May 24, 1989 |
With Republicans taking the lead, the House Judiciary Committee voted today to cut by half the increased civil penalties that President Bush wants to impose on fraudulent savings and loan operators and embezzlers. Voting 17 to 14, the committee adopted an amendment by Rep. William J. Hughes (D-N.J.) to reduce the proposed new civil penalties to $500,000 for each violation and to a maximum of $2.5 million against any one individual. As part of his $90-billion S & L bailout package, Bush had sought to raise the civil penalties for defrauding banks, thrifts and other financial institutions backed by federal deposit insurance from the current maximum of $5,000 to $1 million for each violation.
June 1, 1989 |
President Bush's surprise offer to cut 30,000 U.S. troops and associated weapons in Europe would produce relatively small budget savings, U.S. lawmakers and arms control experts said Wednesday, even though the defense of Europe has absorbed more than half of the U.S. defense budget for decades. Bush's proposal could save more than $1 billion per year, mostly in troop pay, experts said. To a deficit-weary Congress eager to find budget savings at the Pentagon, that would provide a welcome benefit, even in a Pentagon budget that is about $300 billion a year.
February 16, 1992
Virginia Postrel in her "Column Right" article "Buying a Home For All the Wrong Reasons" (Commentary, Feb. 3) demonstrates once again the narrow vision of the practitioners of George Bush's "voodoo economics," also skeptically known as "trickle down." Those on the bottom of the ladder, and many half-way up, have wondered for years just what was trickling down. Precious few thought it was money. What Postrel fails to note is that for every new home that is bought, a new refrigerator or stove will also be purchased, along with carpets, paint, landscaping, hardware and all the other thousands of items that go into a new residence.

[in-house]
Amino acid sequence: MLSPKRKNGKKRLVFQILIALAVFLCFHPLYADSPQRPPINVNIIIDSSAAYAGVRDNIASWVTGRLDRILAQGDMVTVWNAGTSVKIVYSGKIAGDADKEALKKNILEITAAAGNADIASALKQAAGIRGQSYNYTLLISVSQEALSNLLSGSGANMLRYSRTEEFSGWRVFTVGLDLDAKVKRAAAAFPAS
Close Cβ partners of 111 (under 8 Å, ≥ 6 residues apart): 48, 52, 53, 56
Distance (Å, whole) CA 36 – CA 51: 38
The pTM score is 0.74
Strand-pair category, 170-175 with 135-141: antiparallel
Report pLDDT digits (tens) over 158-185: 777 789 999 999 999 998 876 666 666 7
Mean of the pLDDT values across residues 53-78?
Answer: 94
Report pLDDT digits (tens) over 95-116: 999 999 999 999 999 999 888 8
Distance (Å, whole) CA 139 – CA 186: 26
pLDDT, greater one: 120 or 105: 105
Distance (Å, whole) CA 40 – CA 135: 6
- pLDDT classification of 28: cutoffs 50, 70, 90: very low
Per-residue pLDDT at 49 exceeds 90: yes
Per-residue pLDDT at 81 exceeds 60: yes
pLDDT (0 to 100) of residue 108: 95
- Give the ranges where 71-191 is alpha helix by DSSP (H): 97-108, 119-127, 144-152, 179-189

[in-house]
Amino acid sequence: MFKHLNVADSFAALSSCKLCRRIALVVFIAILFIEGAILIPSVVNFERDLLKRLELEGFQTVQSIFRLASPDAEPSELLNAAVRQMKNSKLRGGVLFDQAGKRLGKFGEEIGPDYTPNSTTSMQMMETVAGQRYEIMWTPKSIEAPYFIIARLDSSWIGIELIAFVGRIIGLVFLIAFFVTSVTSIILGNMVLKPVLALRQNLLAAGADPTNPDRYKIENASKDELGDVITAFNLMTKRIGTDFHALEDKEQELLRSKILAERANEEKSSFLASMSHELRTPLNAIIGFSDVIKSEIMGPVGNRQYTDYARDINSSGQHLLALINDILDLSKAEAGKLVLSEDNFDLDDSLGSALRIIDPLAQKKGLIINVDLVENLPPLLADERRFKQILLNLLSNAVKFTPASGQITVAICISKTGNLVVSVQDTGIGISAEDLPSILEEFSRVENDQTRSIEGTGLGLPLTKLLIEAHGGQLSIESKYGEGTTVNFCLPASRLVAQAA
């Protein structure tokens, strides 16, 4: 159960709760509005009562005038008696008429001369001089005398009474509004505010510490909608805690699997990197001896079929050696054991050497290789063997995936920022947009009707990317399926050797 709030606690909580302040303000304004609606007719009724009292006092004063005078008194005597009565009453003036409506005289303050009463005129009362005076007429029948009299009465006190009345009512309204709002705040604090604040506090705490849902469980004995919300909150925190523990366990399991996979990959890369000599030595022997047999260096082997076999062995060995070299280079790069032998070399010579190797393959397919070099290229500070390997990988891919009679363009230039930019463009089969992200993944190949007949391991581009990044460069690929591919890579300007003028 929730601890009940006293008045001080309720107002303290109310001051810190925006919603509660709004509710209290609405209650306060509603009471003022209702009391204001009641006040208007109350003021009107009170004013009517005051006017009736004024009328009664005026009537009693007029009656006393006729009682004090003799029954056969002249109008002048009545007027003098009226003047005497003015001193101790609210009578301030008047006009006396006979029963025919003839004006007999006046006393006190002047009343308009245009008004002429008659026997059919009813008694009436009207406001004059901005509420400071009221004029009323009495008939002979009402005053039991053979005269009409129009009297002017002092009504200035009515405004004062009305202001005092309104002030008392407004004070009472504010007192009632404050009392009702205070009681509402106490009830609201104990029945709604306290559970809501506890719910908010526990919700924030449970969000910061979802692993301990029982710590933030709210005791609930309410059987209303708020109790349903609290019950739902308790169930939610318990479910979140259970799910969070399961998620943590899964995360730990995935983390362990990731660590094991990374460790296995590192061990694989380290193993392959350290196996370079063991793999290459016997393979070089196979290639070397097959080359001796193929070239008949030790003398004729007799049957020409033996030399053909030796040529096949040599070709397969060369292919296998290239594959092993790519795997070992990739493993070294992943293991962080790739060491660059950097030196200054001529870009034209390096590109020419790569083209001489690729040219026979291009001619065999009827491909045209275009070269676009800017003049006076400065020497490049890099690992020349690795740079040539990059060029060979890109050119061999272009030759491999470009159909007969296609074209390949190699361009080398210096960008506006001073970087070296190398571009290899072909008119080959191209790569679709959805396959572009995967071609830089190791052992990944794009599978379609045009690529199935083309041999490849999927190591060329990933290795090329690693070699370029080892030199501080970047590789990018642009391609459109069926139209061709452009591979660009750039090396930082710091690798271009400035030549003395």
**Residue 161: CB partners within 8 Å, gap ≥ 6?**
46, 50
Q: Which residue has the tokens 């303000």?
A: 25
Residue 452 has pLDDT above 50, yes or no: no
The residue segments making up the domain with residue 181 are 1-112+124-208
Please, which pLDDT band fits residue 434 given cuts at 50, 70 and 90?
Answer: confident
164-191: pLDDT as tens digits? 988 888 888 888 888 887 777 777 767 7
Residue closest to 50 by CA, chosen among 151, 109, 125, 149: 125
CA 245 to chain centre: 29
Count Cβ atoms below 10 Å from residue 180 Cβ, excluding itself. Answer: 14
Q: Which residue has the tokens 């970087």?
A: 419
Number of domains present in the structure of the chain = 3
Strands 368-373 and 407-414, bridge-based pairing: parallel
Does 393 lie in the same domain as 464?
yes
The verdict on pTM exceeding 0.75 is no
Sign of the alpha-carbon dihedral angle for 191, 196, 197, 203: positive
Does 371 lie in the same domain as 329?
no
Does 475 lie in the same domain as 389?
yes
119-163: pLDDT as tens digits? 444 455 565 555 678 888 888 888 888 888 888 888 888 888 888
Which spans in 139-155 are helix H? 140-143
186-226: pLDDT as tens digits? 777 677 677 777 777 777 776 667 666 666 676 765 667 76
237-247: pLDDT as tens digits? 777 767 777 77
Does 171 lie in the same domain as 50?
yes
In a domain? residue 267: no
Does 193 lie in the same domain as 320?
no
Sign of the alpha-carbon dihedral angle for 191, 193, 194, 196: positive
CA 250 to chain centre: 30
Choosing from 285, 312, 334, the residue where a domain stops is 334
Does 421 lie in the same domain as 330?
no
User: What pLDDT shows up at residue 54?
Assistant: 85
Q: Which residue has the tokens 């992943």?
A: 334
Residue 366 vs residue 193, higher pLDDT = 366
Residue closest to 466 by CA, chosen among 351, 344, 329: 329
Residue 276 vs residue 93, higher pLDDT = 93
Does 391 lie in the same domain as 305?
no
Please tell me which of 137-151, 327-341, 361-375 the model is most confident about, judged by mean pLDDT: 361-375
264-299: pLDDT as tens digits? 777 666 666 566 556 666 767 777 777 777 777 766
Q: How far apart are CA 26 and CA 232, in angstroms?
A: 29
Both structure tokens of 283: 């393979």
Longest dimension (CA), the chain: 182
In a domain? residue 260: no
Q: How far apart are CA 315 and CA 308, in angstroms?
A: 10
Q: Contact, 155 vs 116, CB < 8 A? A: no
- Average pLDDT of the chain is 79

CALIFORNIA | LOCAL
October 18, 1988
Bush's proposal of an essentially affluent youth volunteer program, Youth Engaged in Service, presented on Oct. 4 to a meeting of Sacramento's business leaders, is a prime example of his weakness in dealing with America's social problems. For teen-agers who are not fully occupied by school, working to help support themselves or their families, or baby-sitting younger siblings, there are many existing opportunities to contribute valuable volunteer service. It is up to parents, teachers, community groups, and religious organizations to raise these young people with values that encourage the spirit of volunteerism.
February 27, 2004
Re "Bush Seeks Constitutional Ban on Same-Sex Marriage," Feb. 25: Tuesday was one of the blackest days in U.S. history. Our president said the United States and our Constitution should stand not for equality and tolerance but for discrimination and prejudice. David Reisner Los Angeles I am not in favor of gay marriage. I am not opposed to gay marriage. I am not interested in gay marriage. Amend the Constitution? Spare me. Mary A. Rouse Los Angeles My parents' 43-year marriage endured throughout most of my 18-year partnership with my same-sex partner despite many holidays spent together, vacations shared together and anniversaries celebrated together.
March 5, 2013 |
WASHINGTON - When Jeb Bush sat down last summer to write an ambitious plan to overhaul the immigration system, prominent conservatives were calling for mass deportations as a solution to the problem of having 11 million illegal immigrants in the country. In that environment, the former Florida governor and possible 2016 presidential hopeful came up with a proposal that he felt could bring conservatives to the table while simultaneously luring Latino voters to the GOP. Half a year later, the proposal, fleshed out in a newly released book, has landed in the midst of a radically changed political environment.